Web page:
Hans Zimmer score is happily accepted here. His usual bone-chilling and ear-deafening wails actually aid the film this time around. The frenzy of violins will try its best to leave your ears ringing, your hands shaking and your heart with an irregular beat. Many have complained the drone of Zimmer’s score and the overall sound design drowns out the little dialogue there is — at least in my theatre I could hear what they were saying quite clearly. It was more my difficulty in understanding the different dialects that proved the challenge. It definitely could benefit for subtitles but even then this is a film drenched in chaos in a war zone where people can’t hear each other. It fits.

Dunkirk is so expertly made that the onslaught of sensory input never feels like a punishment. It’s an experience — a terrifying one — but one that enables empathy and understanding. In that respect it is not an empty spectacle. The film is structurally ambitions but not obnoxiously so. It is perfectly directed and perfectly edited.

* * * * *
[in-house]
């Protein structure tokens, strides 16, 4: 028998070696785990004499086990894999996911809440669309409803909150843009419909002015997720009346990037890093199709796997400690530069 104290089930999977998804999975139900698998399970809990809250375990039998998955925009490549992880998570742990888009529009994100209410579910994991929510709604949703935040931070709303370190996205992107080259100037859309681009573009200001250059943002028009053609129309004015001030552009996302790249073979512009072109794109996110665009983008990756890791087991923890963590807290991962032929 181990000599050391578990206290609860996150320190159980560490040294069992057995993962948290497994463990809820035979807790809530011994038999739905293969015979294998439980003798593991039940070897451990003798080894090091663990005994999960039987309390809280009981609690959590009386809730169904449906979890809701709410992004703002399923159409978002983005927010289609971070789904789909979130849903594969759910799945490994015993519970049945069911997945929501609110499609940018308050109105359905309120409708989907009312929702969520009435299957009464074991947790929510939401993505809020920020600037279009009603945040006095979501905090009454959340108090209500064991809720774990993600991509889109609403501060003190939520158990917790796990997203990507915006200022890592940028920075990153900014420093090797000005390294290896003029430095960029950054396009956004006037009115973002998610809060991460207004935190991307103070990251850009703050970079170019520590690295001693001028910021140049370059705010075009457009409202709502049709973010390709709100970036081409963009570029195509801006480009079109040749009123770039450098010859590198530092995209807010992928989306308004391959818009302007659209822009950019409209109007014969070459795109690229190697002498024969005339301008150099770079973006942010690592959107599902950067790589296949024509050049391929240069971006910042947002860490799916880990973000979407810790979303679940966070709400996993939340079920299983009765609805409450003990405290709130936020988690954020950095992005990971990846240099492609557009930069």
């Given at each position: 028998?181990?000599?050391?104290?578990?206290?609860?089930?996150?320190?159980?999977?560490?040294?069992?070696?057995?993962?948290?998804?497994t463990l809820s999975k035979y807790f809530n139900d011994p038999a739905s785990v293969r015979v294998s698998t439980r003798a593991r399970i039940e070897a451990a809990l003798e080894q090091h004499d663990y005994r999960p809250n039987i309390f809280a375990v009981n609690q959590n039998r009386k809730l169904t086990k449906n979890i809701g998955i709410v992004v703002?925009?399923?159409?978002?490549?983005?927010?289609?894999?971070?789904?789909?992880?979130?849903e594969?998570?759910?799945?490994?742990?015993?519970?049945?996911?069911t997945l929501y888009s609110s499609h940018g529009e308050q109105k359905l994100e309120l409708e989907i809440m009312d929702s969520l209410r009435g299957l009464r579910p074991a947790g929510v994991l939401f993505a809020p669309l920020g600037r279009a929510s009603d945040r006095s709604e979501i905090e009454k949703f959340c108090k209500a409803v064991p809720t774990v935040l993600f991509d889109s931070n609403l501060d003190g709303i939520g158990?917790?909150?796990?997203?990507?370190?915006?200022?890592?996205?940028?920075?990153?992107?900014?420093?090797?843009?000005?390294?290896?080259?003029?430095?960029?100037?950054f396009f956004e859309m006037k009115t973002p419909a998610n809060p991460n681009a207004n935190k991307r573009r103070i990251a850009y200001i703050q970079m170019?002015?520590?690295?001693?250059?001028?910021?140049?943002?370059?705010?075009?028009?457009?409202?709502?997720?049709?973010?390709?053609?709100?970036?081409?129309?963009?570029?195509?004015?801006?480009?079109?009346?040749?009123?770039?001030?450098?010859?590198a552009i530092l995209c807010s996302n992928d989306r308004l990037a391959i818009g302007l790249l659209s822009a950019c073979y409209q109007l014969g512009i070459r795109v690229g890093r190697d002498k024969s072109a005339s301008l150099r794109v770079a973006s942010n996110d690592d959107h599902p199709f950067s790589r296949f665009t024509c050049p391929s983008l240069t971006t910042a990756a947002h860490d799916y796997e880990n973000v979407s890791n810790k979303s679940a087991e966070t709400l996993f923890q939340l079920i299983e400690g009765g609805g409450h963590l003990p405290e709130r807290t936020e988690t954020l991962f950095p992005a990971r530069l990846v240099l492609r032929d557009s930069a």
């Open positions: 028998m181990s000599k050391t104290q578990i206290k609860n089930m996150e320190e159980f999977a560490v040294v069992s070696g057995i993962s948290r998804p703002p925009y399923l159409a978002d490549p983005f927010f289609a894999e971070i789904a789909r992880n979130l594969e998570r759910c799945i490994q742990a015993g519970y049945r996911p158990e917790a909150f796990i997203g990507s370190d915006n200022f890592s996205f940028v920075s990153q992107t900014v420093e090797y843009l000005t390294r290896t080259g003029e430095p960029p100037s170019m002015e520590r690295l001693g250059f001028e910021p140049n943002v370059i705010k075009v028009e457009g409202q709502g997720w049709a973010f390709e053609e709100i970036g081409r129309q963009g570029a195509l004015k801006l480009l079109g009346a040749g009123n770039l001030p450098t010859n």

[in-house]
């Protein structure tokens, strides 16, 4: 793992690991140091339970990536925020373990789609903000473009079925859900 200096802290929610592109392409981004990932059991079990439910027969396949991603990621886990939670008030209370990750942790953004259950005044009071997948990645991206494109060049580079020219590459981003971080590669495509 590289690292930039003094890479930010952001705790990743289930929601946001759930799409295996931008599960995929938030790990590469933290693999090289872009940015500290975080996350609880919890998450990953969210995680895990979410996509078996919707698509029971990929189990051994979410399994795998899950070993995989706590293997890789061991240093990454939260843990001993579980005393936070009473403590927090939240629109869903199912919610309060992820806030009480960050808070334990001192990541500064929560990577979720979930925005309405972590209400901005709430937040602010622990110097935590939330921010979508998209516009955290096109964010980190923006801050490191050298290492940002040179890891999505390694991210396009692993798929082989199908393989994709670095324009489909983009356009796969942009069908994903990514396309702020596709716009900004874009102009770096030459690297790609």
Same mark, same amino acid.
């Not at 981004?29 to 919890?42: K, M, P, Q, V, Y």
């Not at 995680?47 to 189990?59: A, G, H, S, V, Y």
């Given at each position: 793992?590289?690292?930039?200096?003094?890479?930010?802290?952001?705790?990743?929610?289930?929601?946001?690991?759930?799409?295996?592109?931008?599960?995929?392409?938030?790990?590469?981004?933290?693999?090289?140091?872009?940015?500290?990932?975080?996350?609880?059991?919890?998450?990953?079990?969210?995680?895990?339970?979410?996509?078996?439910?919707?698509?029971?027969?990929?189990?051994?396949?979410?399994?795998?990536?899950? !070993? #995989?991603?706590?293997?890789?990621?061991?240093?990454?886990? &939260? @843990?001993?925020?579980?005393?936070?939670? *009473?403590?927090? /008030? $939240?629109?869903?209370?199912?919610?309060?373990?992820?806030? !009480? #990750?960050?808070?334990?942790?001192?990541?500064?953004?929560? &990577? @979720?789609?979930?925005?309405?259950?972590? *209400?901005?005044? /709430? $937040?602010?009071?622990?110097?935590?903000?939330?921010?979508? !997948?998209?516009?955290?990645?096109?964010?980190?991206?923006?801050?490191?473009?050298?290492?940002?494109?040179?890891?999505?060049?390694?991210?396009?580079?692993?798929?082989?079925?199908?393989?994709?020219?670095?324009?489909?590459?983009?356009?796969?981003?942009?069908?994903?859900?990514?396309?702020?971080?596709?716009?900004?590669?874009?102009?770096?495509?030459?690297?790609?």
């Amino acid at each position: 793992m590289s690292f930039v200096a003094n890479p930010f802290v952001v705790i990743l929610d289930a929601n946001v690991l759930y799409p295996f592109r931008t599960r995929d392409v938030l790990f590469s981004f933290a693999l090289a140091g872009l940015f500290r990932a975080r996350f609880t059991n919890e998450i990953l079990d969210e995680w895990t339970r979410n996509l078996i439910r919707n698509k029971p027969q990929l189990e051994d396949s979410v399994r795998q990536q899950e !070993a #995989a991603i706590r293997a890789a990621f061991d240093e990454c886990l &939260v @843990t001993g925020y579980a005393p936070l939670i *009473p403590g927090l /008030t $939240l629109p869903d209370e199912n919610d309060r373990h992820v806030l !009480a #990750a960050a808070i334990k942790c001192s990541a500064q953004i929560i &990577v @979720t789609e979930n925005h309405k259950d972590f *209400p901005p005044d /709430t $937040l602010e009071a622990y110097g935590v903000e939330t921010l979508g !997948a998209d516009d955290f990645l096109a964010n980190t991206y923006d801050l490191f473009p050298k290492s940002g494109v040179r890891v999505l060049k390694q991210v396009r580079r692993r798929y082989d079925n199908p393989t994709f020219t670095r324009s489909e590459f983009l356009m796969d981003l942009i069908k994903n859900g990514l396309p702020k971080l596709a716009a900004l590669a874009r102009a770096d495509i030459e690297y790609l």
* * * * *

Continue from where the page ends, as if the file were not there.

With Dunkirk, Nolan is able to show that the things that seem unimportant are important — every person means something and can contribute. Everything that starts from the smallest brick can build into something magical–only for Nolan it’s always a single puzzle piece that must come together into a grandiose picture.

The film is, in its finished form, a reminder of what war costs, takes and gives us: horror. The ignorant are doomed to repeat it. Here we remain — stranded only with each other. As an audience we are just as vulnerable to the rush of the tides and the onslaught of bombs. We sit, tense with terror, as if we will go out of this experience with our own trauma. Such is the power of time, of war and of Dunkirk.

 

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Author: Savannah Oakes

A sarcastic, fairness-loving middle child, Savannah grew up in a suburb of Chicago. She currently lives in the city and attends Columbia College in Chicago where she studies film. She is a writer/director/editor who is passionate about sharing female stories. Her work tends to include topics like female sexuality, mental illness and LGBTQ issues. She is an avid Shakespeare lover and an even bigger lover of Improvised Shakespeare. The Art Institute is her second home so if she’s not there catch her trancing through cemeteries, lighting her Tina Fey and Amy Poehler vigil candles or being everybody’s surrogate mother.